Next of Kin: Who It Is, What It Means for Estates

If you die without a will, a probate court may grant your assets and certain responsibilities to your next of kin.
Dalia Ramirez
By Dalia Ramirez 
Edited by Tina Orem

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Next of kin is a legal term that refers to a deceased person’s closest living relative by blood, marriage or legal bond (such as adoption). If you die without a will, a probate court may distribute your assets to your next of kin

Cornell Law School Legal Information Institute. Next of Kin. Accessed Jul 7, 2023.

  • Next of kin designation varies by state but typically includes spouses, children, parents and siblings in that order, followed by aunts, uncles and cousins

    American Academy of Family Physicians. Evaluating Medical Decision-Making Capacity in Practice. Accessed Jul 7, 2023.

  • Health care providers might ask your next of kin to make medical decisions for you if you become incapacitated and haven't chosen a health care proxy

    Cornell Law School Legal Information Institute (LII). Next of Kin. Accessed Jul 7, 2023.

  • Relying on next-of-kin relationships is generally a last resort and may not guarantee that your wishes are obeyed. Estate planning tools such as wills and advance directives can help ensure that your assets go to your chosen beneficiaries and your health care preferences are respected if you’re incapacitated.

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Next of kin rules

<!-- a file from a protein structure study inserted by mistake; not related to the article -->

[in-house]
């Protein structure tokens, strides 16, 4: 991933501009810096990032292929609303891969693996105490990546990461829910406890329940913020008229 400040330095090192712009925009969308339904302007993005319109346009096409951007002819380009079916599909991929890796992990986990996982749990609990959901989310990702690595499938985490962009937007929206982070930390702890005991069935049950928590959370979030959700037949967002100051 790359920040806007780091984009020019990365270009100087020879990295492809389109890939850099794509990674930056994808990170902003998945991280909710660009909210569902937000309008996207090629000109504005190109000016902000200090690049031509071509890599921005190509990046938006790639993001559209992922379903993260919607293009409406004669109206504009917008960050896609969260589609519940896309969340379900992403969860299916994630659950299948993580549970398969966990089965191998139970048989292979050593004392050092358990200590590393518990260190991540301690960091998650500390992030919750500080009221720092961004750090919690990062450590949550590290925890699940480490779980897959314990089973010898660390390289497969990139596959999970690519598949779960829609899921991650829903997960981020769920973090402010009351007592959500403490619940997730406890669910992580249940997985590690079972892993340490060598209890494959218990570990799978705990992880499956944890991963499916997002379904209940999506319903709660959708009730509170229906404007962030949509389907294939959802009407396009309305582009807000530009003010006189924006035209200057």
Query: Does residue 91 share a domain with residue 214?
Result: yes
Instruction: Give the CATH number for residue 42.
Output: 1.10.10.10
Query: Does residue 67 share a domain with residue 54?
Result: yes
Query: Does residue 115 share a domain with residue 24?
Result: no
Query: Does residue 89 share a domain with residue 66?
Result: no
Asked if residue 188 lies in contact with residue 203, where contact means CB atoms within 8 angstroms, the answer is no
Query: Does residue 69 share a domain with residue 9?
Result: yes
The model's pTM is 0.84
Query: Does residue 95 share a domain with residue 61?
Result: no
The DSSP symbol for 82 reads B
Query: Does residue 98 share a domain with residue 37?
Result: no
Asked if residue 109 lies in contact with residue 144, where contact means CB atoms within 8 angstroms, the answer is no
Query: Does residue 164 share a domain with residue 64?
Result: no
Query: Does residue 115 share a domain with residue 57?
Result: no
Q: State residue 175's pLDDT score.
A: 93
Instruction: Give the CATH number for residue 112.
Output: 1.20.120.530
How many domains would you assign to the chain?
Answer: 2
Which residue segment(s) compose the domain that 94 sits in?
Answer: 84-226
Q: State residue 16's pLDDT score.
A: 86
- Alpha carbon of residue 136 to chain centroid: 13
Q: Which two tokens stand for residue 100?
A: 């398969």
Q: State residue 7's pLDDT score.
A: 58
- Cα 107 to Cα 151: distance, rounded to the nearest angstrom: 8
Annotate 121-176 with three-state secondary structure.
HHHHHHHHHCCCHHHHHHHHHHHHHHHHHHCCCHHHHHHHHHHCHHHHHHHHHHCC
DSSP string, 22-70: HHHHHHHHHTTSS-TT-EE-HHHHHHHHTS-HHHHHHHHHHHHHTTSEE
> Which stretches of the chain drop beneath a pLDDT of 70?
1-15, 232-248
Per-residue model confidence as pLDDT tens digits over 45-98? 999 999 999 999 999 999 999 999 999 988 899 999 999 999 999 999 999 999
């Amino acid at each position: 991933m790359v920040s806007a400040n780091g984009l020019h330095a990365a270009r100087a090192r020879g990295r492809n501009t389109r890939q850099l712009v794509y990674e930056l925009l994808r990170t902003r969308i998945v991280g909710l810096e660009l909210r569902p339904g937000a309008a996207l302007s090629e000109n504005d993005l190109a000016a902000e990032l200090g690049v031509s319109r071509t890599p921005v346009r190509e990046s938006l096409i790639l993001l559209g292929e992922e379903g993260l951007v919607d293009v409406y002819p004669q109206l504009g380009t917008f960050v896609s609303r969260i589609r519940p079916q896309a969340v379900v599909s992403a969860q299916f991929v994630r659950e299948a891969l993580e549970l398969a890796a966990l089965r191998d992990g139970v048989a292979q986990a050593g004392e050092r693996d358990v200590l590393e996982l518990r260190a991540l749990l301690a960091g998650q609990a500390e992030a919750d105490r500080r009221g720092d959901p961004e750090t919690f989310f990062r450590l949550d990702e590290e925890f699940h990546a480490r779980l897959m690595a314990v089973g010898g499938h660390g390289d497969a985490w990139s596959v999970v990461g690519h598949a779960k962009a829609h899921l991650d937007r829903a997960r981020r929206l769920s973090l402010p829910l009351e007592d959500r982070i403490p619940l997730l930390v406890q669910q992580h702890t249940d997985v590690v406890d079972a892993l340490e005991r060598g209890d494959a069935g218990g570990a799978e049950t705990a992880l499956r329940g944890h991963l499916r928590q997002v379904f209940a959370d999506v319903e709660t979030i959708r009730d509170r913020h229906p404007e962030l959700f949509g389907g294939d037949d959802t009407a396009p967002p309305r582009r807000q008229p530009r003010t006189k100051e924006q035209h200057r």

Next of kin designations vary by state, but they often follow this order:

  1. Spouses. A spouse technically isn’t “next of kin,” but in many states, they’ll still be first in line to inherit your estate.

  2. Direct offspring, including children and grandchildren, both by blood and adopted. Assets are often divided equally among offspring. If you want to distribute assets unequally, do so explicitly in your will. States typically don’t consider foster and stepchildren as next of kin, so consider explicitly naming your beneficiaries in your will or trust.

  3. Parents, both by blood and legally adoptive. 

  4. Siblings, both full and half. Some states prioritize full siblings.

  5. Extended family, including nieces, nephews, aunts, uncles, grandparents and cousins. Some states prioritize nieces and nephews.

If a person doesn't have a will and a designated health care proxy, courts or medical providers might give the person's next of kin the following:

  • Inheritance of the estate. Intestate succession laws typically name the next of kin as the primary heir to the deceased’s estate.

  • Responsibility for making funeral arrangements. If the deceased person didn’t have a will or didn’t assign someone to do this in the will, the next of kin may be responsible for planning the funeral (typically the estate pays the expenses).

  • Responsibility for probate filing. If the deceased person didn’t have a will that named an executor, the state probate court might contact the next of kin to initiate the probate process and handle the deceased’s estate. The next of kin may be responsible for notifying other relatives, filing estate taxes, paying debts from the estate funds and distributing assets.